We hope these resources for talking to children about violence, race and racism are helpful in light of events over the past week.
It was horrifying to see George Floyd die at the hands of the police on Memorial Day, even more so because he was far from the first, and likely not the last, African American man to meet the same fate. The range of protests in response to his death has been overwhelming and, at times, frightening.
There are legitimate conversations to have about the protests and rioting, but we cannot let those conversations detract from the fundamental issue we must address: Black men dying at the hands of law enforcement and the role of race and racism in that. Families as Allies is committed to keeping this issue at the forefront, particularly since we know that young men of color with disabilities often have some of the greatest challenges with the criminal justice system.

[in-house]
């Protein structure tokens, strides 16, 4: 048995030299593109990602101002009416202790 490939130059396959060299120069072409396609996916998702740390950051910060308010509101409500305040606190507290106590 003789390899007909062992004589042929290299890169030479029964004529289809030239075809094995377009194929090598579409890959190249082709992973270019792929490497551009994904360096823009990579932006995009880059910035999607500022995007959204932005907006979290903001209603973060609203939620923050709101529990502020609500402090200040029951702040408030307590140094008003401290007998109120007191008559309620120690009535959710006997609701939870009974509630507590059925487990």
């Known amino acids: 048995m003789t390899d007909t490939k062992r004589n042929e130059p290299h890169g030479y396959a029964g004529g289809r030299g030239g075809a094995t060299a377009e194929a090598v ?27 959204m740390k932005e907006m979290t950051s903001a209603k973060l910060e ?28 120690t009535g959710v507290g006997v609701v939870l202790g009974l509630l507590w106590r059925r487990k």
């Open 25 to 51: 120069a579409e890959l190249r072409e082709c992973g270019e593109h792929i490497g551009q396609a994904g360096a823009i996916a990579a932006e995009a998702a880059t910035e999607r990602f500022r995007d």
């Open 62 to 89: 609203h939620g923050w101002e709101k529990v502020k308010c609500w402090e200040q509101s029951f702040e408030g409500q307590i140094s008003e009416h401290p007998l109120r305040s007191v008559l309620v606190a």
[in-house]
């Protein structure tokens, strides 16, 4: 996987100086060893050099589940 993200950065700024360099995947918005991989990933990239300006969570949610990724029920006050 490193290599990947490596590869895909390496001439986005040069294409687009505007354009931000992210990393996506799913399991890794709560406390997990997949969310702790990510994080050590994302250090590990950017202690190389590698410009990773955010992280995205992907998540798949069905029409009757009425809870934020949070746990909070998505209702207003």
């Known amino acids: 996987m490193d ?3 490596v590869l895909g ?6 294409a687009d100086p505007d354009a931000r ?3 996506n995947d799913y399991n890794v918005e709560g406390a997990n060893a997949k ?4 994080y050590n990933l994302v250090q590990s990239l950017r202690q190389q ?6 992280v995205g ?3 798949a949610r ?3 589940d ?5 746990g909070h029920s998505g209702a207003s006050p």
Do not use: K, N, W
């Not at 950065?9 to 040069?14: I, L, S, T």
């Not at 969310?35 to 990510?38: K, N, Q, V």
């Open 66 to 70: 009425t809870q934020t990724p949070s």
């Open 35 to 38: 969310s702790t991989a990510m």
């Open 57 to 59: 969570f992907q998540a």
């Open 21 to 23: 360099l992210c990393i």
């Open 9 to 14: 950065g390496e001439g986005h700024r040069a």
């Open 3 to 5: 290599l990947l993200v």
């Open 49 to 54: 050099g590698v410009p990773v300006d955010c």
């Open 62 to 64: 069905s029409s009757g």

We want to learn from all of you, especially families and youth who have experienced these challenges, how we can support each other and move forward. We also want to hear from the law enforcement officers who partner with our organization.
We know that these issues can be difficult to talk about with your children so we are sharing some resources that may make those conversations easier.
- Your Kids Aren’t Too Young to Learn About Race: Resource Round-Up
- How to Talk to Children About Difficult News
- American Academy of Child and Adolescent Psychiatry: Talking to Children about Violence
- Having “The Talk”: Expert Guidance on Preparing Kids for Police Interactions
This resource from the United States Department of Justice is aimed at adults and has information about effective partnerships between communities and law enforcement.
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